Time & Attendance
By Mark Kobata
Sep. 30, 2015
Licensed professionals such as attorneys normally are treated as exempt under the Fair Labor Standards Act.
The plaintiff in Lola v. Skadden, Arps, Slate, Meagher & Flom challenged that notion. The plaintiff, a lawyer licensed in California but residing and working in North Carolina, worked for Skadden as a contract attorney performing document reviews. As a contract attorney, the plaintiff regularly worked more than 40 hours per week without receiving any premium pay for overtime. The plaintiff sued, alleging that Skadden determined which documents to review, how that review should take place, what to look for and other aspects of his performance. Based on these factors, he could not legally be said to have been “practicing law” in a manner sufficient to bring him within the FLSA exemption. Skadden moved to dismiss the complaint contending that, as a licensed attorney, the plaintiff was exempt.
The District Court granted the motion to dismiss. The U.S. Court of Appeal for the 2nd Circuit reversed the dismissaland remanded the matter for further proceedings. The 2nd Circuit found the allegations that his work was so circumscribed that it was “devoid of legal judgment” was sufficient to allow his lawsuit to proceed. It also found that, under North Carolina law, merely being licensed to practice law did not make the plaintiff an exempt professional. Lola v. Skadden, Arps, Slate, Meagher & Flom, et al. United States Court of Appeals for the 2nd Circuit Docket No. Docket No. 14-3845-cv (July 23, 2015).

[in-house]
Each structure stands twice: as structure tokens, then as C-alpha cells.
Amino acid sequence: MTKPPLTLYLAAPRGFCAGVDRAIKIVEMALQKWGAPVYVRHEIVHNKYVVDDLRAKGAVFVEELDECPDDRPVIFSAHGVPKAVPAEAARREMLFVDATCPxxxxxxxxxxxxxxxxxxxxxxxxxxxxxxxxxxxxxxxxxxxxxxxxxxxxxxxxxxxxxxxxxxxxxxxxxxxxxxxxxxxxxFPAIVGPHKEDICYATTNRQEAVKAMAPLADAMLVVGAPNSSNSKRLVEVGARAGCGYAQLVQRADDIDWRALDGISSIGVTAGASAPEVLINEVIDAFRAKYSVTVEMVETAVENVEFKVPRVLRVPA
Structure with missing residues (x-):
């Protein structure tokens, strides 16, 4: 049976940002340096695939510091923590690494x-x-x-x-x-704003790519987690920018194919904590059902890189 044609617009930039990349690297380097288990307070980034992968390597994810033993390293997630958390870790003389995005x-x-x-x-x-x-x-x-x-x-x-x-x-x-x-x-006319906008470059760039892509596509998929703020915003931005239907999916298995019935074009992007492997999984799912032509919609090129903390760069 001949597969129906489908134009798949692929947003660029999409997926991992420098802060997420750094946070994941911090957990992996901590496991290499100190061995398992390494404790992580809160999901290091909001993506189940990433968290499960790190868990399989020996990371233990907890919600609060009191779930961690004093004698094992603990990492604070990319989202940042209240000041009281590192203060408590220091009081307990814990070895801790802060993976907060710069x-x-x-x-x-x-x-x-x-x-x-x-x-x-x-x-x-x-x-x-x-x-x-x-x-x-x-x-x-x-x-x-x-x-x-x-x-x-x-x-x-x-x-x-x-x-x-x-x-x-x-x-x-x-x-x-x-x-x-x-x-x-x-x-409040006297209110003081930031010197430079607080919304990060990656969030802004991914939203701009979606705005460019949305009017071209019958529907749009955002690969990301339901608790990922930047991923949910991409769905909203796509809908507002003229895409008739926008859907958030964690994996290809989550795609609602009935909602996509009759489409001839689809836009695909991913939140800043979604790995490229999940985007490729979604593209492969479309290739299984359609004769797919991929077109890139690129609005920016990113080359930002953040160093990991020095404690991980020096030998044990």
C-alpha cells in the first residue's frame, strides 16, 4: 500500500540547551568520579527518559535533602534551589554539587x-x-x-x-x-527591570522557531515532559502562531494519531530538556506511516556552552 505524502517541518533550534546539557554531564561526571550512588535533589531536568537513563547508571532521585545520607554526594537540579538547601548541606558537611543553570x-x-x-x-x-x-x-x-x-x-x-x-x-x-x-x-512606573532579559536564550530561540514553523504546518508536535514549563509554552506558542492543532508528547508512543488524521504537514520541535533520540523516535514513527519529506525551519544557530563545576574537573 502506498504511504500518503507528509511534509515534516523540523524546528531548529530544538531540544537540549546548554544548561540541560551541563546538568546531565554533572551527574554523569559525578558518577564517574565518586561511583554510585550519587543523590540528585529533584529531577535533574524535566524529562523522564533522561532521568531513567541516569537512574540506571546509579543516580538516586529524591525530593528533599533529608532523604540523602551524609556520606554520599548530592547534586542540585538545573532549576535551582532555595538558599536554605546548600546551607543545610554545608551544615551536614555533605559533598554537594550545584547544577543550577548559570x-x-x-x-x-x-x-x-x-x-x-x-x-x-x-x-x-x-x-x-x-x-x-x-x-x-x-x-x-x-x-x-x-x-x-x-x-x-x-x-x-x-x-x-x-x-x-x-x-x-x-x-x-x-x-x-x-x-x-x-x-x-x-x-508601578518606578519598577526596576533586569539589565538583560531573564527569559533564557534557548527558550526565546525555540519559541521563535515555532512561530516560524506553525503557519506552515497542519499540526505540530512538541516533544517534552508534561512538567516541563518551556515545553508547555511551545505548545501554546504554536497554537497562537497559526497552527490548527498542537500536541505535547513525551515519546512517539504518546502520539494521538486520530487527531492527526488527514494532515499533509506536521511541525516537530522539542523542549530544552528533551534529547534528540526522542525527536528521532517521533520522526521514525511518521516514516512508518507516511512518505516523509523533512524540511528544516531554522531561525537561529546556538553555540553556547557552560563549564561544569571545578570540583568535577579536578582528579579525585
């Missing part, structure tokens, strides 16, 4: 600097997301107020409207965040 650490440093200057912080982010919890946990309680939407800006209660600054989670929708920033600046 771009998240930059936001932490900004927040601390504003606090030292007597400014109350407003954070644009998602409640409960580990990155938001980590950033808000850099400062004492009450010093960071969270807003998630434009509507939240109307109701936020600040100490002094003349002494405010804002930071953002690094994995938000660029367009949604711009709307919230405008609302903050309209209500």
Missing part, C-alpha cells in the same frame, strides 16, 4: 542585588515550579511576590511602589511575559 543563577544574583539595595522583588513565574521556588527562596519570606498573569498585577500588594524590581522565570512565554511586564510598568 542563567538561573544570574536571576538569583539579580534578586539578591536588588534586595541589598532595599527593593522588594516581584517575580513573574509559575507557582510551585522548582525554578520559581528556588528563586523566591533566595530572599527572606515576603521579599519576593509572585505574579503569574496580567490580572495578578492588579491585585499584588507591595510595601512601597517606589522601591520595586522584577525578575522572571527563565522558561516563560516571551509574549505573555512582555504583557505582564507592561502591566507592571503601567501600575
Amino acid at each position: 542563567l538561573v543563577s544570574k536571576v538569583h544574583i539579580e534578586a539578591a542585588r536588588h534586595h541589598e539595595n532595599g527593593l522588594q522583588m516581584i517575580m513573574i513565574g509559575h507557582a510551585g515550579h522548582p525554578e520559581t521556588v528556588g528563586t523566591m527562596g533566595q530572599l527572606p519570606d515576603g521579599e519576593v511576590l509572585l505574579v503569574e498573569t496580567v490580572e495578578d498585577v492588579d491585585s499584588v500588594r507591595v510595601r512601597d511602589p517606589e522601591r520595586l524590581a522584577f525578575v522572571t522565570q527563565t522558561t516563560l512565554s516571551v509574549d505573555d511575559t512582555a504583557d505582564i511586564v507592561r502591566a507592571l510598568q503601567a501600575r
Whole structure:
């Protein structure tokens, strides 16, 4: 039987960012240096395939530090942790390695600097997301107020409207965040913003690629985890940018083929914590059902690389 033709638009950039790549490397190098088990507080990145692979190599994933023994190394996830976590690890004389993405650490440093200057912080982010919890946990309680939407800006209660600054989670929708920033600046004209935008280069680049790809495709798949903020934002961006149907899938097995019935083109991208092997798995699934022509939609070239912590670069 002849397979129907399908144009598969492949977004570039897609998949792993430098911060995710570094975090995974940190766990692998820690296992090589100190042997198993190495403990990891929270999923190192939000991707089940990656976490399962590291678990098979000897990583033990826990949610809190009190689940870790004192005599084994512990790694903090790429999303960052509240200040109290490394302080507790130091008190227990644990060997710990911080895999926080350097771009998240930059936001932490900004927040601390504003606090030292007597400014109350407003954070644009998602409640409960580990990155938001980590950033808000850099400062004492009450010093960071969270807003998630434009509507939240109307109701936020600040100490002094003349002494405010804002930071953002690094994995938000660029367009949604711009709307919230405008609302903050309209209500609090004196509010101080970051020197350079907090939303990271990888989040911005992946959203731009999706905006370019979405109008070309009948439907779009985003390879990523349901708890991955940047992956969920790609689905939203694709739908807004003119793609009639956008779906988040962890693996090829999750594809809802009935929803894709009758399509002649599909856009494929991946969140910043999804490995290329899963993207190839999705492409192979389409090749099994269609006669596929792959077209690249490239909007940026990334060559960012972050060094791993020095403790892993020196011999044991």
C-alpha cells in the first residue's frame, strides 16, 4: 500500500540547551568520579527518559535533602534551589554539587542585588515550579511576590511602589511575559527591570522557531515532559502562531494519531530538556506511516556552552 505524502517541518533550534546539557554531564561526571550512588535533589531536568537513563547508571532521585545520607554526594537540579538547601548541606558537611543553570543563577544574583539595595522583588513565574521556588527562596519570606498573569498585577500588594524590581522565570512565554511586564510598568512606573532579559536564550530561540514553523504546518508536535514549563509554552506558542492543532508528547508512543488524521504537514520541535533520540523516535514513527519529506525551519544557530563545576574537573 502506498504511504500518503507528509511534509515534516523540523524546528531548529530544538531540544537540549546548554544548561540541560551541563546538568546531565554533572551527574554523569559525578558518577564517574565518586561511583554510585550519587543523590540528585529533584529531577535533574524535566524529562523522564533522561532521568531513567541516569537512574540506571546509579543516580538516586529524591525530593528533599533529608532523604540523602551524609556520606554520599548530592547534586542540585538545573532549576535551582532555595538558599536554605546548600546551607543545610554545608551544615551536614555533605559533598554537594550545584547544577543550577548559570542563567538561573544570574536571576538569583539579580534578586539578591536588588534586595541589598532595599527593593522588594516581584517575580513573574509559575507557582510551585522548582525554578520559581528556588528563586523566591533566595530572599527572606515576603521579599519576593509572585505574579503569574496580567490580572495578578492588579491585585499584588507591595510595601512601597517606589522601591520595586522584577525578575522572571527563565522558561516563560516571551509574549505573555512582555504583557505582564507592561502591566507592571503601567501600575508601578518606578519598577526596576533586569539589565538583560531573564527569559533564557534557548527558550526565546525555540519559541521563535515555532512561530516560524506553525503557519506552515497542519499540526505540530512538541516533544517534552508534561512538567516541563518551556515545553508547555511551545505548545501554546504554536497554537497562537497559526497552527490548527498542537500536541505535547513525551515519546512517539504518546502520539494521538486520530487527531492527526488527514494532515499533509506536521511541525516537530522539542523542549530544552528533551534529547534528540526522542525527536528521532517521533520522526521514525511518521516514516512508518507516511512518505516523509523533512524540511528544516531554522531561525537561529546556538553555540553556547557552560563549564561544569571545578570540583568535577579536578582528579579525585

IMPACT: Care must be taken to ensure that employees not only qualify as exempt professionals based on their licensing and skills, but also based on the work they are actually asked to perform.
Mark T. Kobata and Marty Denis are partners in the law firm Barlow, Kobata and Denis, which has offices in Beverly Hills, California, and Chicago. To comment, email firstname.lastname@example.org.
Come see what we’re building in the world of predictive employee scheduling, superior labor insights and next-gen employee apps. We’re on a mission to automate workforce management for hourly employees and bring productivity, optimization and engagement to the frontline.
ComplianceMinimum Wage by State in 2023 – All You Need to Know
Summary Twenty-three states and D.C. raised their minimum wage rates in 2023, effective January 1. Thr...
federal law, minimum wage, pay rates, state law, wage law compliance
LegalNew Labor Laws Taking Effect in 2023
The new year is fast approaching, and with its arrival comes a host of new labor laws that will impact ...
labor laws, minimum wage, wage and hour law
LegalWage and Hour Laws in 2022: What Employers Need to Know
Whether a mom-and-pop shop with a handful of employees or a large corporation staffing thousands, compl...
compliance, wage and hour law